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  #26  
Old 01-19-2007, 08:02 AM
weseye weseye is offline
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Re: how does one create a proposal for public sculpture?

Sign up at Zapp and read the forum.

Subscribe to this:
http://www.artnewsonline.com/home/

And do a search on Google dot com for artists opportunities.

Keep Arting!

Jeff (weseye) Wesley
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  #27  
Old 01-27-2007, 08:41 AM
A.J. A.J. is offline
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Re: how does one create a proposal for public sculpture?

Does anyone know of a good standard legal contract form to use when one gets a commission?
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  #28  
Old 01-27-2007, 06:28 PM
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Ries Ries is offline
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Re: how does one create a proposal for public sculpture?

When you are working with a public body, generally speaking they give you the contract, not the other way around.

I suppose if you were doing a piece for a private party, like a developer, then you might come up with the contract, but even then they usually have a standard contract for dealing with other types of subs, that they will modify.

I have a whole drawer full of contracts from various cities, states, and developers- some as short as a couple of pages, others over 150 pages long.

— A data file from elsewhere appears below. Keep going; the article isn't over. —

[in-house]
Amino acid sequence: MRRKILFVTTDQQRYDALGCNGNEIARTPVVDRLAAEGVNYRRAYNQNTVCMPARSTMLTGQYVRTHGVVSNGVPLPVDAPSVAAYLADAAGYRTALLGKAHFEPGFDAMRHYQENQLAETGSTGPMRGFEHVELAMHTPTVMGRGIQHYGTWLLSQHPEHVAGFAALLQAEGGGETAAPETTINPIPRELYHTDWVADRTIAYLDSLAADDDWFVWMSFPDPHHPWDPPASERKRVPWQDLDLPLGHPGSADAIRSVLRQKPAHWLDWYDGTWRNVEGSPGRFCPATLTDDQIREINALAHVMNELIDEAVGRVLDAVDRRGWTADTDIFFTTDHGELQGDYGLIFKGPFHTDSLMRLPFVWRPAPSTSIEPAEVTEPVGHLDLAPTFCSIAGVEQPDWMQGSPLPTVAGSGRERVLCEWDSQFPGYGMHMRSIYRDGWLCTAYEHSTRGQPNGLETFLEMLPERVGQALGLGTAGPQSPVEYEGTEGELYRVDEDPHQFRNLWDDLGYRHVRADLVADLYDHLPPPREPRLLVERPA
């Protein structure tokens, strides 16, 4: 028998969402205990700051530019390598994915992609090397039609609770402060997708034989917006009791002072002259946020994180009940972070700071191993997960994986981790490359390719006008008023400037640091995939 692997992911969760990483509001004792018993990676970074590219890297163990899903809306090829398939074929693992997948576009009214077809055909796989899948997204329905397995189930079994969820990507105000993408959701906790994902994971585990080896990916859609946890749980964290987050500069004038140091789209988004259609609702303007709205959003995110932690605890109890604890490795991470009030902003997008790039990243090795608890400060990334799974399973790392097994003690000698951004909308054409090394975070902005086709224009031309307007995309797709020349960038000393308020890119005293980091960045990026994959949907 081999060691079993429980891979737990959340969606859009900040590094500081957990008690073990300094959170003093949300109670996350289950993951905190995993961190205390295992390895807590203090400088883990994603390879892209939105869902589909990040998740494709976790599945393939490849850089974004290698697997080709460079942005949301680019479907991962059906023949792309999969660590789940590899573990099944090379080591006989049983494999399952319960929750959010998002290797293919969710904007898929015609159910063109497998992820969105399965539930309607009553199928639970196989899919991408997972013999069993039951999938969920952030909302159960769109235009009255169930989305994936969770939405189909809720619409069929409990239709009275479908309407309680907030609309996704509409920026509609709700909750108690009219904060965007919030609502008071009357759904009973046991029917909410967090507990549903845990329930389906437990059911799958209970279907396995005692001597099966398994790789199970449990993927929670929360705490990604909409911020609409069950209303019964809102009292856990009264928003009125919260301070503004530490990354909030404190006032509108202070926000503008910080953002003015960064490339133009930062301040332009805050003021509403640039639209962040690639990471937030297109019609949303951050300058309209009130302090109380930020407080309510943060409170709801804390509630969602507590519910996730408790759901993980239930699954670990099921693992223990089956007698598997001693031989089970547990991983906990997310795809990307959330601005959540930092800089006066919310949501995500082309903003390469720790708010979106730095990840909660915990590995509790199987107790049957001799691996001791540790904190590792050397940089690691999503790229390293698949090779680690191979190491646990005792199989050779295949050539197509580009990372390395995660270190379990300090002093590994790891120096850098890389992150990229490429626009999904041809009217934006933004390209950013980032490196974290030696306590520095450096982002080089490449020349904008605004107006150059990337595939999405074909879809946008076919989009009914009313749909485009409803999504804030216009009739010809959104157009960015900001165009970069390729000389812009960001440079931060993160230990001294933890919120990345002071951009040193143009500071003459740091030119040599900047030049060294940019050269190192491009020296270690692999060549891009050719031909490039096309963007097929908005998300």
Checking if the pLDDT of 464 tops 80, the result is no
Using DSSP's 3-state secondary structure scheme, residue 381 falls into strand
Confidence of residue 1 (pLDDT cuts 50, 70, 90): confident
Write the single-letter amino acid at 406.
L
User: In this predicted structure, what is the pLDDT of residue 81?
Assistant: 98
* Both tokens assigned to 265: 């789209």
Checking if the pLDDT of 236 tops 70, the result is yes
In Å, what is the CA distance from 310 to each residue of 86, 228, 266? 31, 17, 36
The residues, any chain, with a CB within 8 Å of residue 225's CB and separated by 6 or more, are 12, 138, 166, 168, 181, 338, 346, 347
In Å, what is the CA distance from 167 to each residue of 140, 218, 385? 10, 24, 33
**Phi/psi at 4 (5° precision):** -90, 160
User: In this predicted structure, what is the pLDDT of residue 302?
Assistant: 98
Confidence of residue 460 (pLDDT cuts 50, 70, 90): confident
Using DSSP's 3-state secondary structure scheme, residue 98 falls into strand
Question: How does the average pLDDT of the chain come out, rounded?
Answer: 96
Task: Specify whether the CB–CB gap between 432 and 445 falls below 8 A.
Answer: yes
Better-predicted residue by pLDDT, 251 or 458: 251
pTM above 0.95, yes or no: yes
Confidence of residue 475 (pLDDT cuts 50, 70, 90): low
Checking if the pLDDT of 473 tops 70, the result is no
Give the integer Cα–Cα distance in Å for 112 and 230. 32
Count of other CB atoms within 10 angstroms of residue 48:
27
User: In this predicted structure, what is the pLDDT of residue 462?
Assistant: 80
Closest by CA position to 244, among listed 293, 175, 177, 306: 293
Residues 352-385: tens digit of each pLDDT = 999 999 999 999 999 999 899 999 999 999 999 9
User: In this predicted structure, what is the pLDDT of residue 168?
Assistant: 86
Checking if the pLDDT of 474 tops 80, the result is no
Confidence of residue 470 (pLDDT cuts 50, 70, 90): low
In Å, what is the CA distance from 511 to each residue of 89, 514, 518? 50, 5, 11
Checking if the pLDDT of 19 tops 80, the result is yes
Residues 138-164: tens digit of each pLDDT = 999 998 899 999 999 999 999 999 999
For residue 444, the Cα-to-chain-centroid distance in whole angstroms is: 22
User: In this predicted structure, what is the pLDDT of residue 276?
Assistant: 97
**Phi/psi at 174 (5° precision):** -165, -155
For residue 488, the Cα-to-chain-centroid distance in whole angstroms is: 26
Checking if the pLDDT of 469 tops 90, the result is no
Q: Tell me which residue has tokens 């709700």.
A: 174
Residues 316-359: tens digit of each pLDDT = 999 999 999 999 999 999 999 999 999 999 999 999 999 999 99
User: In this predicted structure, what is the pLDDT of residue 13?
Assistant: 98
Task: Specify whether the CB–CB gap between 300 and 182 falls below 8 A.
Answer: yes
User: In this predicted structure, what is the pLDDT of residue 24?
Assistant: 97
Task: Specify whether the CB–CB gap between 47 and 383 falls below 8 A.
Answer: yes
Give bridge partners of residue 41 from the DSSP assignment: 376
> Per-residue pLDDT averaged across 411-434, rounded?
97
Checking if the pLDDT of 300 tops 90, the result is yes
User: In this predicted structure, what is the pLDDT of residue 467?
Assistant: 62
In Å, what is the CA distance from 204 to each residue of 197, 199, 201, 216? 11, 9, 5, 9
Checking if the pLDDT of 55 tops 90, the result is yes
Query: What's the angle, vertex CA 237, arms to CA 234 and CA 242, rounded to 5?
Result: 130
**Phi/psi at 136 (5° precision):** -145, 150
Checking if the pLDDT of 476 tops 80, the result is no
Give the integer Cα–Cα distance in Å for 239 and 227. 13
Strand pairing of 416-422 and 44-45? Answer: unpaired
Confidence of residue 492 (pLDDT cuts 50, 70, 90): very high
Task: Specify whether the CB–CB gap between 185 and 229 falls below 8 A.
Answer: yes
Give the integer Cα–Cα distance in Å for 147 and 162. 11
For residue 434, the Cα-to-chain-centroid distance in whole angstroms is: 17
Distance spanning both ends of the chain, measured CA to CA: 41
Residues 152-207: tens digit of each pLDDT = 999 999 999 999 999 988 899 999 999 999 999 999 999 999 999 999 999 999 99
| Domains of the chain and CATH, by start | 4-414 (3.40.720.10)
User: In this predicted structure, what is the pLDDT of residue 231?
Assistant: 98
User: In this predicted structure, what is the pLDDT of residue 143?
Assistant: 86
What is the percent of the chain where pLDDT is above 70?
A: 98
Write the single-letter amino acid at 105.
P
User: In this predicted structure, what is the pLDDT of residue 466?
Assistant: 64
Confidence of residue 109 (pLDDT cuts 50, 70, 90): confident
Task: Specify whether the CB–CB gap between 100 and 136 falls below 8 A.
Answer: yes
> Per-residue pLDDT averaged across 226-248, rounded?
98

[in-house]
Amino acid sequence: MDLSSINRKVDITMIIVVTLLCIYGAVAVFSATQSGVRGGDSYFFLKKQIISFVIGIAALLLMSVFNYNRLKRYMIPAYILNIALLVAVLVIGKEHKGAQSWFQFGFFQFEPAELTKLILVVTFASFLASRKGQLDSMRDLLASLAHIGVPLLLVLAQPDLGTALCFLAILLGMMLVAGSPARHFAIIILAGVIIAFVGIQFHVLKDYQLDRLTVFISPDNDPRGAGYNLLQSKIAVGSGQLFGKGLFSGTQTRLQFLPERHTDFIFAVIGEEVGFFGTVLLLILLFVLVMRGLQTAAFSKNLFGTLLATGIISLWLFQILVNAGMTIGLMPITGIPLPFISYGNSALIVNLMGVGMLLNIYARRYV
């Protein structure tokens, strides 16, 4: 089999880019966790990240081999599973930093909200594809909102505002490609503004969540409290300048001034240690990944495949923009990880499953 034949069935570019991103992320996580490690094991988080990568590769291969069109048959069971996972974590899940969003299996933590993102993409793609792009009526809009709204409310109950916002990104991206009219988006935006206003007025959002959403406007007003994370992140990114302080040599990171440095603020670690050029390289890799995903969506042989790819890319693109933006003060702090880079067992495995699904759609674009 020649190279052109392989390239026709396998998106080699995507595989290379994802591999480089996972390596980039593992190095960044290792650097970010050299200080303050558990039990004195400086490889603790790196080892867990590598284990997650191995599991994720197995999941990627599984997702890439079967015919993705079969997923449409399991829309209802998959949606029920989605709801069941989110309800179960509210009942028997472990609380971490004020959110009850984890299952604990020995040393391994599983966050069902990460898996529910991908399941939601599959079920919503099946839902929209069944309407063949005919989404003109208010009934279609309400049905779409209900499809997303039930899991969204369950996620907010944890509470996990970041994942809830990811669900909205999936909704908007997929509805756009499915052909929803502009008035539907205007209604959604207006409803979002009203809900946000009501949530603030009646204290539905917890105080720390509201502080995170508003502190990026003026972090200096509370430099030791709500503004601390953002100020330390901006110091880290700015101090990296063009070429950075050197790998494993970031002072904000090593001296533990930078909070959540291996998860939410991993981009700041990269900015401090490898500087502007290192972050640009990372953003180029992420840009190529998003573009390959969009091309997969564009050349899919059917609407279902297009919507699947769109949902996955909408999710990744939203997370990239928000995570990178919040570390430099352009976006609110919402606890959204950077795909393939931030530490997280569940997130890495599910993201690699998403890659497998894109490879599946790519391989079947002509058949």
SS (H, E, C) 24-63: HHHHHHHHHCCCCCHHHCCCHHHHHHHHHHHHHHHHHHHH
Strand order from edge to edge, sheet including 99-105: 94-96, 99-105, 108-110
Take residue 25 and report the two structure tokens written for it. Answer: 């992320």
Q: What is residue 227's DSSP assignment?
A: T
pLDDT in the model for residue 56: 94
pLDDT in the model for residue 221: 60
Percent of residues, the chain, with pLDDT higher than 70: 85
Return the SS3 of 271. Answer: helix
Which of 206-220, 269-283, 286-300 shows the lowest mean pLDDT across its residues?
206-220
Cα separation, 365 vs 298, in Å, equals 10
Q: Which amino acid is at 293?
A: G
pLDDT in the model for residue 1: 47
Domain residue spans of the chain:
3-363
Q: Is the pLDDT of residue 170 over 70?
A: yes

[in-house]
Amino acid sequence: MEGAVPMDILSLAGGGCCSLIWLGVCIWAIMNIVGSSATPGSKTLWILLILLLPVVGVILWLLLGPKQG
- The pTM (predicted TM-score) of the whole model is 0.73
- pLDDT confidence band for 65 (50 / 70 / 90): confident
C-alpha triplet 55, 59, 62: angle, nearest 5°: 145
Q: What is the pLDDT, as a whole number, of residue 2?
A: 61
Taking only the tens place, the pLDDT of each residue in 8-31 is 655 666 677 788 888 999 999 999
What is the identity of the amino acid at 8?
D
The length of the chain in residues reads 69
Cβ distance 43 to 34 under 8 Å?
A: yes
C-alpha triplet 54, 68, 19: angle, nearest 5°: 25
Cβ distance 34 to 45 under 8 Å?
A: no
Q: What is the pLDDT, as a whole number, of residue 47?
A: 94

There are a few things the artist wants, and then a bunch of things you dont necessarily want, but they do, that you end up with anyway.

Things to consider include:
What each party must do-
For instance, you should spell out what the artwork is, how big, what materials, finish, and so on, and attach drawings, and sometimes material samples.
What it will cost.
When you get paid, and how much- on bigger projects, I ask for as many as 5 payments, tied to progress- maybe so much on signing, so much on finish of design work, then maybe a payment at 50% completion of fabrication, 100% completion of fabrication, and then the balance on completion of install.
Who pays for things like electricity, or footings, or permits, or engineering.
What happens if they arent ready when they say they will be (they never are)
What happens if you default, or die.What happens if they change their minds?
What insurance must you carry?
Do you warranty the work? for how long? (I wont go more than a year)
Who maintains the work? Who repaints, or cleans off graffiti?
Who owns the copyright? Who can make, and sell images of the work? (t-shirts, coffee mugs, or ads?)
Does the artist have to take a drug test to work on site? (it happens- I once asked my employees if they could pass one- one of my guys, long since moved on, said- "I'll have to study a bit first". He passed, but none of us liked doing it).

Some agencies are a dream to work with, others want your firstborn child.

Paul Allen is notorious for being a real tight wad, and even expects you to sign non-disclosure and no talking to the media clauses.
Worst I ever had was a baseball stadium, who hired Bill Gates' fathers old law firm to write the contract- I had to hire my own lawyer, and it took over 6 months of negotiation to reach a contract I could sign- I still didnt like it, but I signed.